(1-4CR) (Max. 4 credits) Students will meet with the instructor to discuss independently assigned reading and reports from sources of special interest to the student(s) and pertaining to Russian culture and/or current events which are selected in consultation with the Russian instructor of record. Coursework will be done in Russian. Some oral/aural work will be required and grammatical topics may be revisited and expanded upon.

    Prerequisites: Successful completion of RUSS 1020  or permission of the instructor.

Social Work

  
  • SOWK 2000 - Intro to Social Work (3CR)


    (3L) Introduces social work and social welfare through an overview of the history, philosophy, ethics, values, methods, and fields of practice to generalist social work.

    Concurrently: Concurrent enrollment in SOWK 2005  is optional.
  
  • SOWK 2005 - Social Work Lab (1CR)


    (2LB) This volunteer assignment is designed to acquaint the student with services and agencies providing a wide range of human services in the field of social work. This course is an optional Lab component taken in concern with SOWK 2000 – Foundations of Social Work.  

  
  • SOWK 2025 - Social Work Capstone (3CR)


    (3L) In this class, students will reflect upon prior coursework in a range of social science disciplines. In addition, students will complete assignments that assist in preparation for further study in the field of social work.

    Prerequisites: SOC 1000 , SOWK 2000 , ENGL 1020 , ECON 1010 , and PSYC 1000  

Sociology

  
  • SOC 1000 - Sociological Principles (3CR)


    (3L) [E] A survey of the organization of human society and the impact of group membership and interpersonal relationships upon human behavior.

  
  • SOC 1100 - Social Problems (3CR)


    (3L) [E] An analysis of the causes, effects and possible avenues for eradicating the social problems of our society. Crime, delinquency, family disorganization, racial conflict, and poverty are some areas of investigation.

    Prerequisites: SOC 1000 , or permission of the instructor.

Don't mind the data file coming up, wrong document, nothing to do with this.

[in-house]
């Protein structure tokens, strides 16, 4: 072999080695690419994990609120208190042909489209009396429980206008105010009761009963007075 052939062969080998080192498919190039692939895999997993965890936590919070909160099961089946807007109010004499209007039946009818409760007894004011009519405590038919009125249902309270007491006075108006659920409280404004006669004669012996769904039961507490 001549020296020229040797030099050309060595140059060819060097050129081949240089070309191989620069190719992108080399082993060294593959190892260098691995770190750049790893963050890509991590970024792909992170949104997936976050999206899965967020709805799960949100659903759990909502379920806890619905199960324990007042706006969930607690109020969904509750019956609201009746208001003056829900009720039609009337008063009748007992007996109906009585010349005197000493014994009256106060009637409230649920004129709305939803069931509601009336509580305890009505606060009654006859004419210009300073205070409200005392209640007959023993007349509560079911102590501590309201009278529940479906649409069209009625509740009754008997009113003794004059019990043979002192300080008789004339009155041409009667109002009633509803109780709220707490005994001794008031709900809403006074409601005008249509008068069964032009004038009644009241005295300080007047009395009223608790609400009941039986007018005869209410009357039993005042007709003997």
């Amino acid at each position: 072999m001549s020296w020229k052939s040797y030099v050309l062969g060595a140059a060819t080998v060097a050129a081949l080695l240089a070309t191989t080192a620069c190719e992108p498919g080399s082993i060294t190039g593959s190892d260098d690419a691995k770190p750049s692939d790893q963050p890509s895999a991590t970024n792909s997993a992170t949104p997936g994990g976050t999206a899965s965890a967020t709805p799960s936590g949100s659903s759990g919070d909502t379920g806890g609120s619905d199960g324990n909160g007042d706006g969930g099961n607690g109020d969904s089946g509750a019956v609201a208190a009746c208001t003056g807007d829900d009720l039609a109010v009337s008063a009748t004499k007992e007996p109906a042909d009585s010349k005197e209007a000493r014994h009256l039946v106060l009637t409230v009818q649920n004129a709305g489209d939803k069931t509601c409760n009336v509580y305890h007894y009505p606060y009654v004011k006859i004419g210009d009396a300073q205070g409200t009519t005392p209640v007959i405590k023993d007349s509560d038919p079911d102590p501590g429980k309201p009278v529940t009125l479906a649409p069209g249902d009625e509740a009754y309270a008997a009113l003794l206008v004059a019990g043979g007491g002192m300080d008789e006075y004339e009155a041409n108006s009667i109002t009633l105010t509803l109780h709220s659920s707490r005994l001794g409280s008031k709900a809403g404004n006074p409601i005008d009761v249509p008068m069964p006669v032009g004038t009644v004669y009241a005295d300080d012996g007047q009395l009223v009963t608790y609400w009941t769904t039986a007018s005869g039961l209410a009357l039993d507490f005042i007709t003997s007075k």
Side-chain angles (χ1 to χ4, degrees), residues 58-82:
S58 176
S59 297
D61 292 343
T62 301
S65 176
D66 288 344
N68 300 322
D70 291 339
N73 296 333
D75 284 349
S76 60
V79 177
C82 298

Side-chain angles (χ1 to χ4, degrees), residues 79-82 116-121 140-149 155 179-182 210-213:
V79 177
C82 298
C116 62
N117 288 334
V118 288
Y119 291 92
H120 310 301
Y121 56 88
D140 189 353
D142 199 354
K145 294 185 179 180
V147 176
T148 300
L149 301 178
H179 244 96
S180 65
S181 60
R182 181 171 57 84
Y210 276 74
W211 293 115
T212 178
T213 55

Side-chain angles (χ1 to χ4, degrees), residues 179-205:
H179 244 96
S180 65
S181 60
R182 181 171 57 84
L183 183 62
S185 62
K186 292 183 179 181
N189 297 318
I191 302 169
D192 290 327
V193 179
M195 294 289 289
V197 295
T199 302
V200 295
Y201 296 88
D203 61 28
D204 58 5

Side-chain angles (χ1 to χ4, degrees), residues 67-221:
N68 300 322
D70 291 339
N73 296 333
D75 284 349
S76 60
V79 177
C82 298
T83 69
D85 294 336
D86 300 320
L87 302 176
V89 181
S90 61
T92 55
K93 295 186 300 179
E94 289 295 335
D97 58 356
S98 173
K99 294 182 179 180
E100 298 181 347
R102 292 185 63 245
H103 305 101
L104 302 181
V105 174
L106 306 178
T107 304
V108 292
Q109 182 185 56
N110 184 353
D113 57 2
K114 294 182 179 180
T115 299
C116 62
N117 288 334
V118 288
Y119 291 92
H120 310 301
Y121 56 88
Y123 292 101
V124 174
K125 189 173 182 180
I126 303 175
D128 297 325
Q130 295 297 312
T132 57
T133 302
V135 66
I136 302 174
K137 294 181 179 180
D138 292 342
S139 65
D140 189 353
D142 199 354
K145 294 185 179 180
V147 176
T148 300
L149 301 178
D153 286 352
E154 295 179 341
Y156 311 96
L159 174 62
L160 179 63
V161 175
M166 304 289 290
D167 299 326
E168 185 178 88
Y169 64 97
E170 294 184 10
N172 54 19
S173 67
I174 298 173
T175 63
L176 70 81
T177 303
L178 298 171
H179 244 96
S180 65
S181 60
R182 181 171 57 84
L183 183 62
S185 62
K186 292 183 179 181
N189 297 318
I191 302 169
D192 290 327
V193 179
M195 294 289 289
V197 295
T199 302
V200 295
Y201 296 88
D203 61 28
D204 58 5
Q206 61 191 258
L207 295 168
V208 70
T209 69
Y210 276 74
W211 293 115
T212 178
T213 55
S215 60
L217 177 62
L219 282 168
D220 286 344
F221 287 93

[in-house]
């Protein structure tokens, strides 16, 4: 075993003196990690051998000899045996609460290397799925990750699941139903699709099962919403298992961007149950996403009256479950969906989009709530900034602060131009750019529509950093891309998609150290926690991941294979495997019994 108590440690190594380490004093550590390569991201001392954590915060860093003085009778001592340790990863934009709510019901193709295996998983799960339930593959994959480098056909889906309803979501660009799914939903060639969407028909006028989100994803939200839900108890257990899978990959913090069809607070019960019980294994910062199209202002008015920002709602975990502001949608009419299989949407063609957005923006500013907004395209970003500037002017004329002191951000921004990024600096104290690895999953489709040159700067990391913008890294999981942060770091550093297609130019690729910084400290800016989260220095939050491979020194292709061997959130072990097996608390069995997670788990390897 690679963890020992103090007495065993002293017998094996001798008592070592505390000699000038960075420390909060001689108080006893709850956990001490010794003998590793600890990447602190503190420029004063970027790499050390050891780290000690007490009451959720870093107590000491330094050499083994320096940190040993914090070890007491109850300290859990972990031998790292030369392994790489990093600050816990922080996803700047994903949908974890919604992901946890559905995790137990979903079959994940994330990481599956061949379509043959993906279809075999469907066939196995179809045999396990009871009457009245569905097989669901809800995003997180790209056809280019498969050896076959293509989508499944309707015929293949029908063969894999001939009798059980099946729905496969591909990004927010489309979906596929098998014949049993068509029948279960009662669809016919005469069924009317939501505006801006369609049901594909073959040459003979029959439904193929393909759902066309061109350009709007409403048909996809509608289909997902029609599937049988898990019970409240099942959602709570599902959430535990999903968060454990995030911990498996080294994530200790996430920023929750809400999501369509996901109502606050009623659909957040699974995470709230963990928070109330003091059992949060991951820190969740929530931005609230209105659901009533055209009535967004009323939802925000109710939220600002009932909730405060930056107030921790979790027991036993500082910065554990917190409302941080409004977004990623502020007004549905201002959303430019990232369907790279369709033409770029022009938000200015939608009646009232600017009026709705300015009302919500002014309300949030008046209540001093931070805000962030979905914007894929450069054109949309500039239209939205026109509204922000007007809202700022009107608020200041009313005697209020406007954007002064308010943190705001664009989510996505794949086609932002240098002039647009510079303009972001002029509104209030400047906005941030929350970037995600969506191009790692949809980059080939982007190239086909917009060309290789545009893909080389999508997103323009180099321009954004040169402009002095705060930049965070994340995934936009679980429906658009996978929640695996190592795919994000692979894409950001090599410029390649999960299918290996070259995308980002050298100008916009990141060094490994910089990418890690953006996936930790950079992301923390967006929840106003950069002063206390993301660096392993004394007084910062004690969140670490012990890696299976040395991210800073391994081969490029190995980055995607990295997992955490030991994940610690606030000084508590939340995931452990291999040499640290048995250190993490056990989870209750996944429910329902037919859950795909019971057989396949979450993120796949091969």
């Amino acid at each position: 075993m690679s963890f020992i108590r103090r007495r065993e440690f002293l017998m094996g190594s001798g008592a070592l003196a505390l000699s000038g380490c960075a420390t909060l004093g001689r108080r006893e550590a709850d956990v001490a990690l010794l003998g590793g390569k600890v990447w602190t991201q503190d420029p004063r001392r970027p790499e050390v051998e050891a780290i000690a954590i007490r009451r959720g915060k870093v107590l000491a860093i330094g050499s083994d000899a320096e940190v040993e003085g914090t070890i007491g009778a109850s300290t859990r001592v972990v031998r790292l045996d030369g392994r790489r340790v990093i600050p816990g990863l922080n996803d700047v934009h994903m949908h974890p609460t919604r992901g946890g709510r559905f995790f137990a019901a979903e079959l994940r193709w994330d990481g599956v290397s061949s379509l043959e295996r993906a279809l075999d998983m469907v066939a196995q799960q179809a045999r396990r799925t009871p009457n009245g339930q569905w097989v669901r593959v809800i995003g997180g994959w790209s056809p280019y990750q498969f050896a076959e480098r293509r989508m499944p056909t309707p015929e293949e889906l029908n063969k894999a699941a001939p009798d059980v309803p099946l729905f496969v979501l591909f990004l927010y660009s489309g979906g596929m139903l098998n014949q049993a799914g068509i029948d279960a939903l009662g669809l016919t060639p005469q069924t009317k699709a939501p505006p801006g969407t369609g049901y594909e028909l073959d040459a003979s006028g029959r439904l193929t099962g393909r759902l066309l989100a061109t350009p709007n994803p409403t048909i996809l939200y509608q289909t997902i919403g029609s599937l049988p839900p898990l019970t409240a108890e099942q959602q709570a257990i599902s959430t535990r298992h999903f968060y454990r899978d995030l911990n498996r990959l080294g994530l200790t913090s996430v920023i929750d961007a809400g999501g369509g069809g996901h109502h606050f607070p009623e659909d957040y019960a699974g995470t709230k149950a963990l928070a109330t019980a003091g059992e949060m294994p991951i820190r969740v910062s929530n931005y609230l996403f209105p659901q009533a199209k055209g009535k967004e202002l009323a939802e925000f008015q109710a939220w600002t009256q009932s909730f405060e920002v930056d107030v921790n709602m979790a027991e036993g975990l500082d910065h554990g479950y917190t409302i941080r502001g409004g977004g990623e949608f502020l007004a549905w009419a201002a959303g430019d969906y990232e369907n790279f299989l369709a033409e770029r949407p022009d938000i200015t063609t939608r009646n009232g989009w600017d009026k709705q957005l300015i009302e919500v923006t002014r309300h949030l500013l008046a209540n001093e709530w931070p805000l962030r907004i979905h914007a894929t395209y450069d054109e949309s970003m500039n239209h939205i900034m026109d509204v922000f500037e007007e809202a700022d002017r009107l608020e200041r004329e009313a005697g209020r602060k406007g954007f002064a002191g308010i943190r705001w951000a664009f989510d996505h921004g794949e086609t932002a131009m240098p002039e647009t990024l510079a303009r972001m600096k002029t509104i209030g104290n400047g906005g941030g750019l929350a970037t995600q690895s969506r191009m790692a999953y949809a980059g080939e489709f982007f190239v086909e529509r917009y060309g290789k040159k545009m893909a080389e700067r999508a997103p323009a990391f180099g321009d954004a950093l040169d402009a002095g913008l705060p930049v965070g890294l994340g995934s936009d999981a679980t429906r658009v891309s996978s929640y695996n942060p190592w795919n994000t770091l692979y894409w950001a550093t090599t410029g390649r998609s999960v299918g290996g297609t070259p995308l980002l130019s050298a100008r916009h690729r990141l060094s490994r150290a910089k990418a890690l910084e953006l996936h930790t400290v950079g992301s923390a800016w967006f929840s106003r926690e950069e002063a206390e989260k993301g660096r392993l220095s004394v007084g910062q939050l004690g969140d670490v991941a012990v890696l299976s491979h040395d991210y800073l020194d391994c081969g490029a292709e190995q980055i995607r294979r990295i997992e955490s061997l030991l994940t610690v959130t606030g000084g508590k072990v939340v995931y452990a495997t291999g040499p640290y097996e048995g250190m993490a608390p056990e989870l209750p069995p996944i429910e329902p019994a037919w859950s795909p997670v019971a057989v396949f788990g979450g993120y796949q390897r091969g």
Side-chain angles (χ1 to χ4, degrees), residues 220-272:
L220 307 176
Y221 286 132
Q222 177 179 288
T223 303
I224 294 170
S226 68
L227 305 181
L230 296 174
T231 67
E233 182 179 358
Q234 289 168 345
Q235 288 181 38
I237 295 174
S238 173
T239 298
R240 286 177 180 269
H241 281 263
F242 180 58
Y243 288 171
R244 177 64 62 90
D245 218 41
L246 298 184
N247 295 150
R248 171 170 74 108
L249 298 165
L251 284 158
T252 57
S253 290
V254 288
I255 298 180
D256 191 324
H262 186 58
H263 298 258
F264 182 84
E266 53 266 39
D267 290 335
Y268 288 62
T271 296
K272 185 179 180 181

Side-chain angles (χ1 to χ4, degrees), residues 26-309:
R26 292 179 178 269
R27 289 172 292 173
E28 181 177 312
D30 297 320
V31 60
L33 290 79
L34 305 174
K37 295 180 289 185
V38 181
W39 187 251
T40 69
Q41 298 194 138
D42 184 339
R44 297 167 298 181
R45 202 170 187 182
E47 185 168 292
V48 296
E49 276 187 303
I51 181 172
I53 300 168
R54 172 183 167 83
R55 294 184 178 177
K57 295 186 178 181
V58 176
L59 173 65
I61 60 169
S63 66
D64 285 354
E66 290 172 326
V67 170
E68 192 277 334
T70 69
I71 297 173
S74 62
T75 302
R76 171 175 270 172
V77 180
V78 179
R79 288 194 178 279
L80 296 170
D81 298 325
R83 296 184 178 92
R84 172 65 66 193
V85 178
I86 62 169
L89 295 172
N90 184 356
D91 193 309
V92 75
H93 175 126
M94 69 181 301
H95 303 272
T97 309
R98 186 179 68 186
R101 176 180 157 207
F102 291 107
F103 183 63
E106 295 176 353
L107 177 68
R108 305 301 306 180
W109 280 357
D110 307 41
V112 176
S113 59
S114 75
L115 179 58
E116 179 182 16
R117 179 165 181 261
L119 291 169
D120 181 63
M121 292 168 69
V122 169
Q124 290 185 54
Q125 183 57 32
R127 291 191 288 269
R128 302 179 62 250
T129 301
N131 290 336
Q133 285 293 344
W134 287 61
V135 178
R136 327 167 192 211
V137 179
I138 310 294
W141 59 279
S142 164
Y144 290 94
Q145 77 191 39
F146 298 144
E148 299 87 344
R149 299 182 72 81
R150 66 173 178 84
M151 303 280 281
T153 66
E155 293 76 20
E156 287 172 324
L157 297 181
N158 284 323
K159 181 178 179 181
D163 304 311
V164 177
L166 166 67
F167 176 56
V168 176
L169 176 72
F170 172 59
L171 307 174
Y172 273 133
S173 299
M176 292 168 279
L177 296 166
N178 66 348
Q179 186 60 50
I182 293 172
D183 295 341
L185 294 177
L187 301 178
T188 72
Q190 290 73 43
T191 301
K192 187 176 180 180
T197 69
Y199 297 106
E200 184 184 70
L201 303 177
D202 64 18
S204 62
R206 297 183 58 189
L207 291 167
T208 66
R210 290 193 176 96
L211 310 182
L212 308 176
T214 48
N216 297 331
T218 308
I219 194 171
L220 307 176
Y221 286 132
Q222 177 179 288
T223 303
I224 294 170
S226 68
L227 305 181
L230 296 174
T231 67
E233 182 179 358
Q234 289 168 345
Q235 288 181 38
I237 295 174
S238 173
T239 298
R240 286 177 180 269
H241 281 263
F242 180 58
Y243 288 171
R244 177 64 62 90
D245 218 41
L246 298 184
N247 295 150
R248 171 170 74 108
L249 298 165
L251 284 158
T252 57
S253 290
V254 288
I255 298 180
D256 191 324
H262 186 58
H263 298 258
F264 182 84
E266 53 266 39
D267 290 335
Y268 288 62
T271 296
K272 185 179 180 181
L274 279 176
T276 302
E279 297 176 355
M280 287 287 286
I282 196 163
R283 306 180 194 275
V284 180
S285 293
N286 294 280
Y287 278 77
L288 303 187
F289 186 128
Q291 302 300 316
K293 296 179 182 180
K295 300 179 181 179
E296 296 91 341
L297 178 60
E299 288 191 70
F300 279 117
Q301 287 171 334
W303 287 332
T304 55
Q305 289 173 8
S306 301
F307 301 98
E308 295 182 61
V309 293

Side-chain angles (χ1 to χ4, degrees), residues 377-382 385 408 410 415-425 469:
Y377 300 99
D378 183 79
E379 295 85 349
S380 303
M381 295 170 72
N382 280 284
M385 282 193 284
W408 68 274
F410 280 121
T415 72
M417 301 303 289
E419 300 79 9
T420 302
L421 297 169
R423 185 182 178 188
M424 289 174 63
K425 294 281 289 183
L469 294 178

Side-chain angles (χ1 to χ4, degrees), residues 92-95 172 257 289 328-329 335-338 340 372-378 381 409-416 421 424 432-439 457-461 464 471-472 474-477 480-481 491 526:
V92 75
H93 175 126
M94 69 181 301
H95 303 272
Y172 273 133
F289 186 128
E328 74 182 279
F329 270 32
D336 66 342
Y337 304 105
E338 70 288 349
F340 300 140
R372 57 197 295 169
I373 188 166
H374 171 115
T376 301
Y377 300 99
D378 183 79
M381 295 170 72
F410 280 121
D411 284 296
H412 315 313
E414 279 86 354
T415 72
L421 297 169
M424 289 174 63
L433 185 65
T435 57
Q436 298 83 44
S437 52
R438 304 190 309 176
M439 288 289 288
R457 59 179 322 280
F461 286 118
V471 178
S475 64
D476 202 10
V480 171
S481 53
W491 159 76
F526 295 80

• SOC 1101 - Education and the Good life: A First-Year Seminar (3CR)


    (3L) [E] SOC 1101 is a first-year seminar focused on the nature and purpose of higher education. As individuals, and in groups, students examine the personal, social, civic, and economic goals of a public college with emphasis on the role of the arts and sciences. During the class, students do research, they think through complex issues, consult with others, and in the end, present samples of their work to the instructor and classmates.

  
  • SOC 2112 - Environmental Sociology (3CR)


    (3L) Environmental sociology is focused on the intersection of the social and physical worlds. The course explores the constant interaction between human societies and the environments they depend upon. The analysis includes an examination of economic patterns like consumption, production, and the use of environmental resources. The course also includes a discussion of the social mechanisms that shape our relationship to the environment – norms, roles, values, beliefs, and ideology.

  
  • SOC 2200 - Sociology of Human Sexuality (3CR)


    (3L) [E] An interdisciplinary course designed to acquaint the student with the major factors affecting human sexuality. Relevant research is reviewed in biology, psychology, sociology, and anthropology, as well as religious and historical perspectives.

    Prerequisites: A 1000 level introductory social science or biology course.
    Cross-listed: (Cross listed as PSYC 2200 .)
  
  • SOC 2325 - Marriage and Family (3CR)